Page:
Trick or Treat: The Ethics of Mediator Manipulation

Dispute Resolution Magazine (American Bar Association), Vol. 18, p. 18, Fall 2010

5 Pages Posted: 9 Sep 2011

See all articles by James Richard Coben

James Richard Coben

Hamline University School of Law; American Institute for Economic Research

Lela P. Love

Yeshiva University - Benjamin N. Cardozo School of Law

Date Written: September 9, 2011

Abstract

Much of what good mediators do can be characterized as “helpful interventions” that assist the parties towards legitimate goals such as a better understanding, a platform for developing options, and (where the parties choose) an agreement or settlement. However, all such “helpful interventions” are inevitably "manipulative," in the sense that the mediator is, often unilaterally, making “moves” with profound impact on the parties’ bargaining. To evaluate the ethics of any individual move, the authors propose asking two questions: 1) does the move further or help a legitimate party or process goal that advances party self-determination in decision-making; and 2) is the move manipulative in such a way that it disadvantages one side or undermines the integrity of the mediator or the mediation process. The more “secret” or hidden the intervention, the more problematic it becomes.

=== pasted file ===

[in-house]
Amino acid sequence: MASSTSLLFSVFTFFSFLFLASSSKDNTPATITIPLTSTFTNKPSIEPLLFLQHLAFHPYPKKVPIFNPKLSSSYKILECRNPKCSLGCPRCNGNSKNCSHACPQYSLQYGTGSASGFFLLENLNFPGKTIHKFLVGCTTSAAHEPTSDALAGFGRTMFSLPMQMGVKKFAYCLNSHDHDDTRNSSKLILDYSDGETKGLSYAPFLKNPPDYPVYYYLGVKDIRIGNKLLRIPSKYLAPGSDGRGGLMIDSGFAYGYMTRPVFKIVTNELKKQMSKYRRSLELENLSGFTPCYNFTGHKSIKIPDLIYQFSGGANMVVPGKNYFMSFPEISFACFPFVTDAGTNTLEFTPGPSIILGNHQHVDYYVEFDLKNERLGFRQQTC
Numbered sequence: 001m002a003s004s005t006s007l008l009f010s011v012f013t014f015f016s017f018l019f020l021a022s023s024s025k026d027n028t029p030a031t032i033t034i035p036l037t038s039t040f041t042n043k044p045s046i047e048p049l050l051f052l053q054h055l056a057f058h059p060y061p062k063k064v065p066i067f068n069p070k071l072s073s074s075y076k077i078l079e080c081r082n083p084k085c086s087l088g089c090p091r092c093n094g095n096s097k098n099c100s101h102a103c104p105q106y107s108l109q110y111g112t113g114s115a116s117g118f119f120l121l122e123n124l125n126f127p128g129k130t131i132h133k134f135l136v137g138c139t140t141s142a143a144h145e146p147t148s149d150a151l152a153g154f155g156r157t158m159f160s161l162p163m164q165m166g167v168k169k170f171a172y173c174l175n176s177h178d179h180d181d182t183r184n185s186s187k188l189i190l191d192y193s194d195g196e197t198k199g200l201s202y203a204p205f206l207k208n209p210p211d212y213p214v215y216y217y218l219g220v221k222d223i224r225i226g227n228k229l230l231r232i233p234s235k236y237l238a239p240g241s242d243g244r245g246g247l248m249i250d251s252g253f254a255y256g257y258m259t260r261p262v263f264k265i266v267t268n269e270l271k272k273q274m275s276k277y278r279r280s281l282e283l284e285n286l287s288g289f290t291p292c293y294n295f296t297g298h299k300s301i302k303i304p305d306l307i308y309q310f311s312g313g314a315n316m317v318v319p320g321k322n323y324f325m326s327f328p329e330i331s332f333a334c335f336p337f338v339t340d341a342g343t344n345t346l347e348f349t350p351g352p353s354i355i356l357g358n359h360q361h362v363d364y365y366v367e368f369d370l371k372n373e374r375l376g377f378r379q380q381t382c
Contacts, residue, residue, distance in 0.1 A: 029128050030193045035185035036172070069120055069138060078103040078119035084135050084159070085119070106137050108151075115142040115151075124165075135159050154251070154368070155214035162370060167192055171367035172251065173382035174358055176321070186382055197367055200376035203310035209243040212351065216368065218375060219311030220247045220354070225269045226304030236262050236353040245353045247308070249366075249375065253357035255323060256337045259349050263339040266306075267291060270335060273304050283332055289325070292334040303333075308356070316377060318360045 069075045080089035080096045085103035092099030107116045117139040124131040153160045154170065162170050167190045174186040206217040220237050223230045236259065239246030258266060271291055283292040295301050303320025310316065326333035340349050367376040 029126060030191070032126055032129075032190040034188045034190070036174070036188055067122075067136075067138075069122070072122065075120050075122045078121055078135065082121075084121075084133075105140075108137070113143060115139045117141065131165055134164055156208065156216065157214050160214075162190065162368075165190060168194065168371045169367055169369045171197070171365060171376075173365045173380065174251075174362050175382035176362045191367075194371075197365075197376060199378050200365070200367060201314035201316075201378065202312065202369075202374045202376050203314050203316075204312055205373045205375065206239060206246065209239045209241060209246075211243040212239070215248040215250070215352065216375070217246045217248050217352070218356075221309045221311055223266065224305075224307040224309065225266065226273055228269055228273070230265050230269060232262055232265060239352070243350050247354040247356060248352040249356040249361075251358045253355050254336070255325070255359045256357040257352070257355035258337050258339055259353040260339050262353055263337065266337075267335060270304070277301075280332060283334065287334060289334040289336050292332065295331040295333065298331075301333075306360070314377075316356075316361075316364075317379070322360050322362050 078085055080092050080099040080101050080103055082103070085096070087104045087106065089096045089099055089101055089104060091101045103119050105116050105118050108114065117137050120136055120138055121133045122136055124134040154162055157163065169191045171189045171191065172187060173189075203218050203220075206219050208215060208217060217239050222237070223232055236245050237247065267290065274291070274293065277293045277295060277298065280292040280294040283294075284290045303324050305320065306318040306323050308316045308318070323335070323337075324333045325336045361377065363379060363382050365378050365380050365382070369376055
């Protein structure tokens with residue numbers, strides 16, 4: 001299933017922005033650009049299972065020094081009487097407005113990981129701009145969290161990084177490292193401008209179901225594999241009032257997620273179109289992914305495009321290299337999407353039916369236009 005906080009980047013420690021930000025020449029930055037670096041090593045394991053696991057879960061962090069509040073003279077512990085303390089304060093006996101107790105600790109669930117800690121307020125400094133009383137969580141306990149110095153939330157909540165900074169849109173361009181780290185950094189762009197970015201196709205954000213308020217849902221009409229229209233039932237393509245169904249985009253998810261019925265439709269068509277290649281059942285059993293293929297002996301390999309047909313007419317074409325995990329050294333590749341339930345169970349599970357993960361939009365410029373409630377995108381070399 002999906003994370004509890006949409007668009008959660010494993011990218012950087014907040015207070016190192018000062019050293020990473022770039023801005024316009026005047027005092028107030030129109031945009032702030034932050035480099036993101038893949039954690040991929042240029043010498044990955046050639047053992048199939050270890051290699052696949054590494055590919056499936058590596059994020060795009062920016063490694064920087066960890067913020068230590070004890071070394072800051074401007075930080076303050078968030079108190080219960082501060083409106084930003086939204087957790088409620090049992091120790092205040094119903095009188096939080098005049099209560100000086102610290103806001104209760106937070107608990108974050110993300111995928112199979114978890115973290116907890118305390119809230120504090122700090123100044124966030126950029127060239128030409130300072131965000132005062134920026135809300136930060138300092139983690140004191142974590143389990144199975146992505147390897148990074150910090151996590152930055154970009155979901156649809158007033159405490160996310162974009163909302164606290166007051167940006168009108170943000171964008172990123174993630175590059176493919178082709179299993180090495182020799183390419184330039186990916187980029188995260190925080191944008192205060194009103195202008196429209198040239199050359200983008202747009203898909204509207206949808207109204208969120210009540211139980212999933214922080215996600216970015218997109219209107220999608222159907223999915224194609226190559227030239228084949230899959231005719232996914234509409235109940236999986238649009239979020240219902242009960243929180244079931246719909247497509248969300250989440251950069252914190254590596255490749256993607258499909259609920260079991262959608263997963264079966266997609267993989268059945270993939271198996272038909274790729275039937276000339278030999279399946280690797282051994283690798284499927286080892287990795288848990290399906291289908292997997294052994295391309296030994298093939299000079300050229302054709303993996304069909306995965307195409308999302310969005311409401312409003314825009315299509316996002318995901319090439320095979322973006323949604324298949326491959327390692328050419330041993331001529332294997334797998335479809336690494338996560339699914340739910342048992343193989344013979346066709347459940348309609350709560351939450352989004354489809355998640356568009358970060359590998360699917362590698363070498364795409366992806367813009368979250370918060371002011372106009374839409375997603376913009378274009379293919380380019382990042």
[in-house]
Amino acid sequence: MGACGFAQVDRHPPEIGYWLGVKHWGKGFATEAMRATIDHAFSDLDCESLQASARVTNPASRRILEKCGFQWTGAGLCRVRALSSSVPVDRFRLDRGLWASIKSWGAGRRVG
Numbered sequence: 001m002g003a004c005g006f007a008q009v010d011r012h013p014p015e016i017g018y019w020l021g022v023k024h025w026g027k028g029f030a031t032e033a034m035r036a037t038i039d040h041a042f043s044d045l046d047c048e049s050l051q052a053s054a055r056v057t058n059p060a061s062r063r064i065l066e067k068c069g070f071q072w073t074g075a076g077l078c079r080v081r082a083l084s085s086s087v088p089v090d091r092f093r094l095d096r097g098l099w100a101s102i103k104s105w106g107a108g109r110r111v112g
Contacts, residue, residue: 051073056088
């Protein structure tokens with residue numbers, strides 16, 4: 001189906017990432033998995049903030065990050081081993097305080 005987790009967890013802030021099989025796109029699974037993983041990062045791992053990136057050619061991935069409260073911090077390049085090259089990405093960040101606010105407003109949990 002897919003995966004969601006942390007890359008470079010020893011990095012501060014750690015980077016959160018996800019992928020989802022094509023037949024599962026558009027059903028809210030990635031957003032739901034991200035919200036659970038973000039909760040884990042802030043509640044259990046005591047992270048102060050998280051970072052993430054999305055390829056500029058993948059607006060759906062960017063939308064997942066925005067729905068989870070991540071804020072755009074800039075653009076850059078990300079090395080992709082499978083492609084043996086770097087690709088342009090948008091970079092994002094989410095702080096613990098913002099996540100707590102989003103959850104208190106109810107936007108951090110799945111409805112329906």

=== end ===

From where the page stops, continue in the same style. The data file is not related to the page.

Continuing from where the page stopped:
Keywords: mediation, ethics, justice, confidentiality, professional conduct, self-determination, neutrality

Suggested Citation

Coben, James Richard and Love, Lela P., Trick or Treat: The Ethics of Mediator Manipulation (September 9, 2011). Dispute Resolution Magazine (American Bar Association), Vol. 18, p. 18, Fall 2010. Available at SSRN: https://ssrn.com/abstract=1921567

James Richard Coben (Contact Author)

Hamline University School of Law ( email )

1536 Hewitt Avenue
Saint Paul, MN 55104-1237
United States

HOME PAGE: http://law.hamline.edu/james-coben.html

American Institute for Economic Research

PO Box 1000
Great Barrington, MA 01230
United States

Lela P. Love

Yeshiva University - Benjamin N. Cardozo School of Law ( email )

55 Fifth Ave.
New York, NY 10003
United States
(212) 790-0365 (Phone)
(212) 790-0205 (Fax)

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